When we consider the frequency in tombs of Mycenaean vessels of all types with pictorial decoration, we see that many tombs have yielded a few of such vessels.109 Only six tombs produced more than three pictorial vessels: Sw. T. 3 (sixteen vases), Br. T. 12 (thirteen vases), British tomb 54 (four vases) Br. T. 48 (five vases), Sw. T. 18 (ten vases) and Sw. T. 7 (four vases). Swedish tombs 3 and 18 each produced very large numbers of Mycenaean finds and are among the tombs with a rich and varied funerary inventory in general.110 Obviously Mycenaean pictorial pottery was considered suitable to be included in such a funerary repertoire. Br. T. 12, a built ashlar tomb, did not produce a particularly varied inventory of finds: apart from pottery, one golden ring, a gold bead and an ivory box were reported.111 However, this tomb has produced a relatively large amount of Mycenaean pictorial vases, which suggests that they possessed some special meaning in the funerary rituals connected to this tomb. The same is true to a lesser extent for Br. T. 54, 48 and Sw. T. 7, none of which can be included among the very wealthy tombs.112 Each of these four tombs contained several pictorial Mycenaean
104 Cat. nos. 5, 146, 149, 152, 154. These vessels were found in association with a faience bowl, an alabaster pyxis lid and with Cypriot and Mycenaean pottery, see Murray, Smith & Walters 1900, 47-48, 83.
105 Cat. nos. 645, 659, 660-662. These vessels were found in association with golden jewellery, silver tableware, faience cups and bowls, glass beads and alabaster vases, see Schaeffer 1952, 111-135.
106 It has been asserted by Louise Steel (1998) that Mycenaean dinner vessels and in particular kraters were reserved for ruling élite groups in Kalavasos-Ayios Dhimitrios (site no. 114). This pattern contrast with the funerary evidence at Enkomi that has been investigated here.
107 Of nine Mycenaean kraters found in a funerary con text the decoration is not known to me; two are deco rated with bands and lines only, while twenty seven possess patterned decoration. Ninety-two kraters are pictorially decorated, of which thirty-six with a chariot scene. Other scenes include bulls and a variety of other animals. Human beings engaged in activities other than chariot riding are also depicted; in one case men are shown boxing (cat. no. 6). One amphoroid krater (cat. no. 369) shows a ship scene.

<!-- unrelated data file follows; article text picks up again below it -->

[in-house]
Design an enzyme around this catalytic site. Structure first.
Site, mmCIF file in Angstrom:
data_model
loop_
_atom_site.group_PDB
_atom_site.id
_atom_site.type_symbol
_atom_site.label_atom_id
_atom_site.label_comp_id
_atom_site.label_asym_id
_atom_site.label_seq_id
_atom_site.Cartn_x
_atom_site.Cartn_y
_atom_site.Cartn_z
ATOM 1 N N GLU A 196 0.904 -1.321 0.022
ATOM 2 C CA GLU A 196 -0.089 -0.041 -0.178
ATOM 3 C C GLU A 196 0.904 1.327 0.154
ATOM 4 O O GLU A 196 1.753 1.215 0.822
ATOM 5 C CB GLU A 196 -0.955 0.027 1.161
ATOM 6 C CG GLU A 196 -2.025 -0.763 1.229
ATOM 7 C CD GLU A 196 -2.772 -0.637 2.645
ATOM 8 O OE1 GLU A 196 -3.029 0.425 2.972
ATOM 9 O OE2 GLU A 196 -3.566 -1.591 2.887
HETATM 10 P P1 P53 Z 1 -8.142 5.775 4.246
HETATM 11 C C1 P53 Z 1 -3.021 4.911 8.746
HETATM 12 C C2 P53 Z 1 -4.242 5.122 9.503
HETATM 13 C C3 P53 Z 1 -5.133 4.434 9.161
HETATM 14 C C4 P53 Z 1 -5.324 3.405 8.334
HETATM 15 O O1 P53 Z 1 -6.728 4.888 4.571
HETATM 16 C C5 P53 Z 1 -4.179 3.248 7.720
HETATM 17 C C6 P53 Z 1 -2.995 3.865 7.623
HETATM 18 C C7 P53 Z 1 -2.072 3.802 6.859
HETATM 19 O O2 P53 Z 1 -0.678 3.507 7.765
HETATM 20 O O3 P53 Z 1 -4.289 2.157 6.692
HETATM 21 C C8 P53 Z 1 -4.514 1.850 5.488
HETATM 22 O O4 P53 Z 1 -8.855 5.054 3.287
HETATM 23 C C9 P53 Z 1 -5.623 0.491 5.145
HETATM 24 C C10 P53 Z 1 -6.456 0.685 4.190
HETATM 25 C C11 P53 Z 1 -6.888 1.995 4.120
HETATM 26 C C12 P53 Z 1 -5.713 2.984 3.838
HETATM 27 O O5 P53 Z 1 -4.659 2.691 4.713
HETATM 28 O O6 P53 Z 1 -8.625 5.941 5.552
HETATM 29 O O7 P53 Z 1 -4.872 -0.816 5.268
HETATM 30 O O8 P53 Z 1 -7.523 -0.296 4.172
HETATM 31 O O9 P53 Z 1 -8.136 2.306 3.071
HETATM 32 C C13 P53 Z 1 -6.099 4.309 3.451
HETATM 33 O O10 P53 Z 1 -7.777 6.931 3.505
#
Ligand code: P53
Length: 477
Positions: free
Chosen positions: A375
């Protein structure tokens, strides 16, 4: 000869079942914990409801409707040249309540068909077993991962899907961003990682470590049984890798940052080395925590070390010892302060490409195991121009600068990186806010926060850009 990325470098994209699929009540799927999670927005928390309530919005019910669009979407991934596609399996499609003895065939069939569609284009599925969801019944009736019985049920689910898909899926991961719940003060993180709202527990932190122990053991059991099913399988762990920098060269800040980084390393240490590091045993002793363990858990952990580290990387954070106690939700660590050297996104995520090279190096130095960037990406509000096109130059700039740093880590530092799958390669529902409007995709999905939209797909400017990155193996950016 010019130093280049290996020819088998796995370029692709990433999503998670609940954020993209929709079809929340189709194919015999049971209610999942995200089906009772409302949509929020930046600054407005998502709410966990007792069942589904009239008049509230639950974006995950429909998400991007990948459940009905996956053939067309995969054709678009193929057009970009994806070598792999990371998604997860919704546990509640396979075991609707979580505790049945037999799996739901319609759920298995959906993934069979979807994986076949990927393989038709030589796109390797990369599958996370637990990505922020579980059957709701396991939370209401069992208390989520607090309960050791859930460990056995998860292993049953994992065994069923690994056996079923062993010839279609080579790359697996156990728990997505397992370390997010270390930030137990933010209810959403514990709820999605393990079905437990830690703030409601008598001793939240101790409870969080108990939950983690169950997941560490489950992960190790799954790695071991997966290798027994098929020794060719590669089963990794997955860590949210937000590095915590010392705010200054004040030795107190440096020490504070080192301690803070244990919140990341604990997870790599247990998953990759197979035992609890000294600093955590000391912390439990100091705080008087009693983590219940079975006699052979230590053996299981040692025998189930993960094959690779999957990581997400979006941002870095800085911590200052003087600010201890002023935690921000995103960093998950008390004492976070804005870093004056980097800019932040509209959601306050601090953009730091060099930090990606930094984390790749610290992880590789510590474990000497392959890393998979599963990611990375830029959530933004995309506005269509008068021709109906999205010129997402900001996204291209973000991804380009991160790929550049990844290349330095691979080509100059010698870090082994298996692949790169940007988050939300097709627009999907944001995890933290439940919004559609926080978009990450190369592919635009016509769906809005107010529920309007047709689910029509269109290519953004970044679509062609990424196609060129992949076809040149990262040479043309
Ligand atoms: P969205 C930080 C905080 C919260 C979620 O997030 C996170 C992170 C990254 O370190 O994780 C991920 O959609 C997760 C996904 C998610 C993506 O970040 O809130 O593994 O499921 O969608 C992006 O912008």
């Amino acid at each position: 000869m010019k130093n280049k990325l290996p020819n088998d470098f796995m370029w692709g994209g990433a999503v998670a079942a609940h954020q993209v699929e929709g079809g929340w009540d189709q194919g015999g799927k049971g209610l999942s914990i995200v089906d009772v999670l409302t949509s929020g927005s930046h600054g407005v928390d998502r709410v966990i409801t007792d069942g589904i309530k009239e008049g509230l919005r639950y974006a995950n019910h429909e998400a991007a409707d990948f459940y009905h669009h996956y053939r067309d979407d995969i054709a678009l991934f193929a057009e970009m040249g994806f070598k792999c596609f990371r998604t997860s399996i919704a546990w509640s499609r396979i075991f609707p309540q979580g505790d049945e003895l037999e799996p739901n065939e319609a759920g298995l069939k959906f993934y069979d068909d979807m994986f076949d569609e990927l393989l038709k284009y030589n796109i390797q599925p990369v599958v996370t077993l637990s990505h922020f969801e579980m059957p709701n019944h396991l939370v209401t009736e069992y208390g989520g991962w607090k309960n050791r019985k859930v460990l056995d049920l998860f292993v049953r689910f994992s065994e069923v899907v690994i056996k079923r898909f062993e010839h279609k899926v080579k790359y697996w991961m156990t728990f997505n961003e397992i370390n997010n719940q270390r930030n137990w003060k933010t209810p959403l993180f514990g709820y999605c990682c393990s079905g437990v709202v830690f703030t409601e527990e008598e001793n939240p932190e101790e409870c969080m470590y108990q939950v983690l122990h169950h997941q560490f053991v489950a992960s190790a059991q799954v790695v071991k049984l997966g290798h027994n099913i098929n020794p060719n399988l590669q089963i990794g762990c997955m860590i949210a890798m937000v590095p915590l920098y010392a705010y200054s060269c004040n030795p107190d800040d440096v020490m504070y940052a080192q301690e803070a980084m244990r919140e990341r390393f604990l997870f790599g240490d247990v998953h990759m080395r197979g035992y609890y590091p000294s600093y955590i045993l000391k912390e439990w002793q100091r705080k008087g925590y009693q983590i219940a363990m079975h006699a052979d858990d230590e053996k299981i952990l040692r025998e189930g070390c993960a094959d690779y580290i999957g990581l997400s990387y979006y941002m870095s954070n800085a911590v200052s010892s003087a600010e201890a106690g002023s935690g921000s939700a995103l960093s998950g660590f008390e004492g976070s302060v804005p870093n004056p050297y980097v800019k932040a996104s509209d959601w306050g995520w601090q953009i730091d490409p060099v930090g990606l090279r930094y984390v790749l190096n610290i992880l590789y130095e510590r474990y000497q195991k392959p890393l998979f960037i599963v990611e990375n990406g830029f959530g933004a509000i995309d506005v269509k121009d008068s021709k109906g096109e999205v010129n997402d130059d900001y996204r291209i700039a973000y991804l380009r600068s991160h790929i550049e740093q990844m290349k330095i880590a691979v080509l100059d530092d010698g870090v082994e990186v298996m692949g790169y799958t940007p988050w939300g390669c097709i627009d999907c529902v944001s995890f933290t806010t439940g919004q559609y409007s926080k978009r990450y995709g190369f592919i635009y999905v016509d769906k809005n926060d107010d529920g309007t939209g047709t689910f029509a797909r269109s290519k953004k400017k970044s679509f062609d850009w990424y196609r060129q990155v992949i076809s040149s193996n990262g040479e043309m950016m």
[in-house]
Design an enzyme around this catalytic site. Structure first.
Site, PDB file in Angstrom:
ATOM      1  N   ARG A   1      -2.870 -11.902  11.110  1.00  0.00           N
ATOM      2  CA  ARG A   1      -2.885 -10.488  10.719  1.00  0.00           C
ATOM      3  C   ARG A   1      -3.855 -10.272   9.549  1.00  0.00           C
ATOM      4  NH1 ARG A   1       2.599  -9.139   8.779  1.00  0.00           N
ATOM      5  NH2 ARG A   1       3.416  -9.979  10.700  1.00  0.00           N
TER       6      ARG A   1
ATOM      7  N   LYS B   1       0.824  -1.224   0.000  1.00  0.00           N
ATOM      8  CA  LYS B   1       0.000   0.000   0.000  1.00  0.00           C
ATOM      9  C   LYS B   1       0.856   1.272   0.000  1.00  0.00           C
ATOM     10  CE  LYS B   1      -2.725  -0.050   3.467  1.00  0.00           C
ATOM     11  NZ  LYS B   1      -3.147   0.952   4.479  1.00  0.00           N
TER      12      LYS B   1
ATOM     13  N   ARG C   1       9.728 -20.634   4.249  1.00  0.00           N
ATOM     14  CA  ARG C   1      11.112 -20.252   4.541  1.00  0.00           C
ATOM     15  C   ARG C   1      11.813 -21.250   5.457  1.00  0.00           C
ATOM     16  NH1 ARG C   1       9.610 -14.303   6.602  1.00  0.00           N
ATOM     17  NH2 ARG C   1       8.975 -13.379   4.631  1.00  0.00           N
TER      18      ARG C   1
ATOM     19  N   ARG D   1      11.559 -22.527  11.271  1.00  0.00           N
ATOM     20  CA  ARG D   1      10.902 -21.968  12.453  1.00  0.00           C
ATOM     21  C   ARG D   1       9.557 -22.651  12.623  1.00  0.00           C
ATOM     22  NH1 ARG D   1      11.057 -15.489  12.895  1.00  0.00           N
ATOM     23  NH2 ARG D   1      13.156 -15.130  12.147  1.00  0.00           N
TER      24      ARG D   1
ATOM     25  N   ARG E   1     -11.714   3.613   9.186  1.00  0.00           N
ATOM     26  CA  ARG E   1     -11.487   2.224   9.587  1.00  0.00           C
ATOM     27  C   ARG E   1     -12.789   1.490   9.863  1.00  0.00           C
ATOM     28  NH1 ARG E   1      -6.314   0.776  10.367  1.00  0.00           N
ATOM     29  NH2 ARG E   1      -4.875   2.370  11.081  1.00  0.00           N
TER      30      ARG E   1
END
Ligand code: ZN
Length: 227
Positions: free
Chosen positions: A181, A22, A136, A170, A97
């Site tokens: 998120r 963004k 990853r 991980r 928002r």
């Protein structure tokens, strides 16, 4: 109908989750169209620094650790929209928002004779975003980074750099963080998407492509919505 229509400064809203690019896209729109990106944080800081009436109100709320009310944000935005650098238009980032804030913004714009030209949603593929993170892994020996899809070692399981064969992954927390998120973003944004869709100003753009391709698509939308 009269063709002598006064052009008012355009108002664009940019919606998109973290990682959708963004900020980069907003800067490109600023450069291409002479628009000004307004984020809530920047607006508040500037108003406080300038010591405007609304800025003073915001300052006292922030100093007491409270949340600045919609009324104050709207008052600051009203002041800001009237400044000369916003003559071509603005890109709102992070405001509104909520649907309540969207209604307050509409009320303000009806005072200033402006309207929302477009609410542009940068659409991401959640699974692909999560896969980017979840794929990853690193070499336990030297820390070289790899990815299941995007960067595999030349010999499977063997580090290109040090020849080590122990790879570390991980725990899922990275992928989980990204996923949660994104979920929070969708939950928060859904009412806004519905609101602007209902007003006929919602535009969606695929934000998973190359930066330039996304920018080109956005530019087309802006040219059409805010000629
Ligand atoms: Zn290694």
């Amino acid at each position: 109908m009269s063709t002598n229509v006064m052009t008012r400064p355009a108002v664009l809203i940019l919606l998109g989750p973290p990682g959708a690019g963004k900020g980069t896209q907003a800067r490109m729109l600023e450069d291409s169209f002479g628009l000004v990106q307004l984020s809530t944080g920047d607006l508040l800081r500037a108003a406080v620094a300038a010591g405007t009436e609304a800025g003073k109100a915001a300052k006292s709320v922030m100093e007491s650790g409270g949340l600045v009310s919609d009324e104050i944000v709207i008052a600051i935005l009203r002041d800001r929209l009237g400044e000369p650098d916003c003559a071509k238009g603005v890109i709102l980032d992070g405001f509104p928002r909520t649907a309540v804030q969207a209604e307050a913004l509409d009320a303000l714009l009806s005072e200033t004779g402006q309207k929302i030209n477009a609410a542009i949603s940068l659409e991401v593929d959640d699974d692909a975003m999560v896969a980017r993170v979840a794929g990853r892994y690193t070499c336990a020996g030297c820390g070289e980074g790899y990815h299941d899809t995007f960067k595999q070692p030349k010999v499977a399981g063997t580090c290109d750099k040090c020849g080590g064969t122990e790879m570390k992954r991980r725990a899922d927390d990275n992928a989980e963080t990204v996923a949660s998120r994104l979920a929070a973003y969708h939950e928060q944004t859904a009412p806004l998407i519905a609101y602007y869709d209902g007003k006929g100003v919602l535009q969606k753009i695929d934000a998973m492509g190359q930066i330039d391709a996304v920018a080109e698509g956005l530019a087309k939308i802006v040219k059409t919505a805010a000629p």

108 See Br. T. 69 (cat. no. 78), Cy. T. 1 (cat. no. 1330), Fr. T. 1336 (cat. no. 803), Br. T. 79 (cat. no. 91), Br. T. 78 (cat. no. 255). Each of these tombs produced only one krater.
109 In all, thirty-seven tombs have produced Mycenaean pictorial vessels. Apart from kraters, jugs, rhyta a stemmed bowl, stirrup jar and piriform jar were picto-rially decorated.
110 Keswani 1989b, 78 Table 2.
111 Murray, Smith & Walters 1900, 38.
112 These four tombs are absent in Keswani's (1989b, 77-8) tables.
kraters.113 Obviously, for specific groups of inhabitants at Enkomi Mycenaean pictorial kraters possessed a special significance in funerary rituals.
The evidence presented above suggests that Mycenaean kraters were not appreciated in the same way by all the inhabitants of Enkomi, at least as far as their funerary use was concerned. This may also be the case for Mycenaean ritual vessels, which have been found in seven tombs (see Table VIII). A Mycenaean composite vessel (cat. no. 10), consisting of two small three-handled piriform jars attached to one another in the belly zone and both decorated with N-patterns and scale patterns, was found in British tomb 88. From this tomb, the location of which is unknown, a zoomorphic faience rhyton, as well as three Cypriot terra-cotta figurines and a glass pomegranate vase have been report-ed.114 Apparently the owners of this tomb distinguished themselves with items which can be related to cult practices.115 Similar evidence may be seen in the case of Br. T. 67, which produced a Mycenaean bull's head rhyton (cat. no. 49) in association with two terra-cotta figurines of local manufacture (Fig. 10.8).116 Br. T. 69 produced a Mycenaean conical rhyton (cat. no. 75), also associated with local figurines,117 as were the Mycenaean conical rhyton and figurine from Br. T. 53.118 The association of these Mycenaean ritual vessels with objects of possible ritual significance of local manufacture or imported from elsewhere shows that the Aegean items were used in local ritual practices. Moreover, it appears that some groups at Enkomi distinguished themselves through the inclusion of religious paraphernalia in their funerary inventories.119
113 These four tombs did not contain kraters with patterned decoration. The decoration of one ring-based krater (cat. no. 186) from tomb 12, as well as of an am-phoroid krater (cat. no. 221) from Br. T. 48 and a ring-based krater (cat. no. 407) is not known to me.
114 Murray, Smith & Walters 1900, 33-34.
115 For the ritual associations of rhyta, see Courtois,
Lagarce & Lagarce 1986, 152-156, Yon 1986. For the ritual associations attached to Cypriot figurines, see
Courtois, Lagarce & Lagarce 1986, 77.
116 Murray, Smith & Walters 1900, 37.
117 Murray, Smith & Walters 1900, 39-40.
118 Murray, Smith & Walters 1900, 44. A Base Ring bull vase was found with the Mycenaean rhyton and figurine.
119 Keswani (1989b) argues that the complex symbolism visible in French tomb 2 relates the dead buried there to the cosmic order rather than distinguishing them